1. Terrible job at creating a clean litigation record by Kentucky. One might imagine a policy that said something like this: “We’ve studied the issue, and we’ve found that employees visiting blogs (a) spend more time on the internet than employees who just surf for basketball scores and obituaries in the paper; and (b) more often spend time on non-state business. Therefore, we’ll ban blogs.” This policy would be also be suspect, but I think that it would withstand a facial challenge. But the actual record, at least that part of it in the plaintiff’s brief, seems preclude this defense entirely.

2. I am troubled, as I am whenever I think about these issues, by the force of the argument to the effect that Kentucky could constitutionally cut its T1 line entirely, and that greater power entails a lesser. Playing out that argument in the First Amendment context is always where I lose the thread of the discussion and seek refuge in the more logical waters of corporate law. And (obviously) the Governor’s political intent here is common among sensitive politicians, and we might want to protect state employees (and bloggers) expressive rights in a way we didn’t want to protect the NAACP’s right to solicit for donations, an argument the brief makes to a degree.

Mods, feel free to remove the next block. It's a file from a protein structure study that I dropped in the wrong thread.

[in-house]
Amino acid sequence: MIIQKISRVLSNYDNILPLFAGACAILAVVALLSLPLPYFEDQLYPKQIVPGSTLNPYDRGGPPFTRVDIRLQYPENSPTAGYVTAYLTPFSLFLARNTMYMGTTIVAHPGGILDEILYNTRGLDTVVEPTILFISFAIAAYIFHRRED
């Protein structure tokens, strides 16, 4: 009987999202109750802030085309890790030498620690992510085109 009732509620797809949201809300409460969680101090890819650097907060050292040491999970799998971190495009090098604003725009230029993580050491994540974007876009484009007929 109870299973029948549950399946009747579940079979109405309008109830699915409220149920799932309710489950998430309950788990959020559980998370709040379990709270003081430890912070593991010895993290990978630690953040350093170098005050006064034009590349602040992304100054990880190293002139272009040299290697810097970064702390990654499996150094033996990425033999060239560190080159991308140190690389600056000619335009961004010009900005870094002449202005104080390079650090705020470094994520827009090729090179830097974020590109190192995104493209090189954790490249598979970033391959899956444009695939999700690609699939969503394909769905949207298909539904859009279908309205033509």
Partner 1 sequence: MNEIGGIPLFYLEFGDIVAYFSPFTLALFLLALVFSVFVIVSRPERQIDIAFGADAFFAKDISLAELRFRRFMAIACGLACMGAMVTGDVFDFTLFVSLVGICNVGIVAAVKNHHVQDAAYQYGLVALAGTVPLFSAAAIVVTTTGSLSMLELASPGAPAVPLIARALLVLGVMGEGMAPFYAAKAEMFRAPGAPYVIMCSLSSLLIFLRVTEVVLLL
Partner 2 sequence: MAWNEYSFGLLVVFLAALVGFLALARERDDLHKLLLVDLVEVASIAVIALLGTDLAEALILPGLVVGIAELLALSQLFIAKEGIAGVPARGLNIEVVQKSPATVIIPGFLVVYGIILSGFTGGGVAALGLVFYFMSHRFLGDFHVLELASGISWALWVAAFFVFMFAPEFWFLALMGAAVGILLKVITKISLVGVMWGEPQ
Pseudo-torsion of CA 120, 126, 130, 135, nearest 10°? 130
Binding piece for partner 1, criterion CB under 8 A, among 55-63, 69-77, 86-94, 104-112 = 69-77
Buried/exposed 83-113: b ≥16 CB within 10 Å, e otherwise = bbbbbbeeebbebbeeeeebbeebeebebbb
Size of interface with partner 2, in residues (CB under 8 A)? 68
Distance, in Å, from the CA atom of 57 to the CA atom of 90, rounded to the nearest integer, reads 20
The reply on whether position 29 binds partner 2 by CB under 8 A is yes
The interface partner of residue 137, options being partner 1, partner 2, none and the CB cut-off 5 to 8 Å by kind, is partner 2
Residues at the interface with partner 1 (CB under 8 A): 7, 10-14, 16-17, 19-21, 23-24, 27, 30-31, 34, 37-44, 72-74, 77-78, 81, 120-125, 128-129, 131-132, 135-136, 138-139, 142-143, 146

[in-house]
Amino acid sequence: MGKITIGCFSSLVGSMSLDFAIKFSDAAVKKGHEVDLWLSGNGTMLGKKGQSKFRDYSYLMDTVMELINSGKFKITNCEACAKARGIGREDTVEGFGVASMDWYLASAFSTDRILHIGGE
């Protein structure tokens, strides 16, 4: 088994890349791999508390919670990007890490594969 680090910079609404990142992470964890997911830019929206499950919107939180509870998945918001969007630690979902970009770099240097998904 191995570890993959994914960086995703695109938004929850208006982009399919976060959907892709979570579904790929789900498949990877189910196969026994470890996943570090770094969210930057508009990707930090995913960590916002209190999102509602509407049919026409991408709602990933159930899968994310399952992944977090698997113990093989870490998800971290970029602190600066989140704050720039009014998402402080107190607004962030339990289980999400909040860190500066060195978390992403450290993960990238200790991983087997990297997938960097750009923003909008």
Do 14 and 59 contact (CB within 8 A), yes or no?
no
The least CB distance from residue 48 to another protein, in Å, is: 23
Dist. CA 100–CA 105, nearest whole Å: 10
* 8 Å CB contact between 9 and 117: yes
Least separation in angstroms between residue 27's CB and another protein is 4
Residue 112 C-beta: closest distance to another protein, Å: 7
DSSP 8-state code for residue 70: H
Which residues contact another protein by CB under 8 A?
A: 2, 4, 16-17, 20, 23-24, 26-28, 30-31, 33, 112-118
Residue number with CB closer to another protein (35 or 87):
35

3. This is a terrific fact pattern for a con law exam.

FN* Or the more insidious discrimination between our site and SCOTUSBlog.


Pi v. Delta

pie.pngIn law student notes, plaintiffs are commonly denoted by π, and defendants by Δ. Even as I slavishly replicated this tradition as a student, I never understood it. Why are plaintiffs associated with “infinite . . . expansion . . . an irrational . . . indeed, a transcendental . . . expression“? And defendants a symbol variously matched with a proofreading symbol for deletion, the difference operator, and baryons?

Paging Nate Oman: a neat history of law problem to answer!

Update: An actual case suggests the practice is old. Pi v. Delta, 175 Conn. 527, 534, 400 A.2d 709 (1978) was a strange habeas proceeding for custody of a child. The case name is, alas, a fiction:

Upon the suggestion of the parties and in accordance with the spirit and intent of the order of the Superior Court granting the plaintiff’s motion to substitute fictitious names, it is ordered that the names of the parties involved in this appeal shall not be disclosed and that the records and briefs shall not be distributed to the various libraries of the state by the Reporter of Judicial Decisions. The records and papers of this case shall be open for inspection only to persons having a proper interest therein and upon order of this court.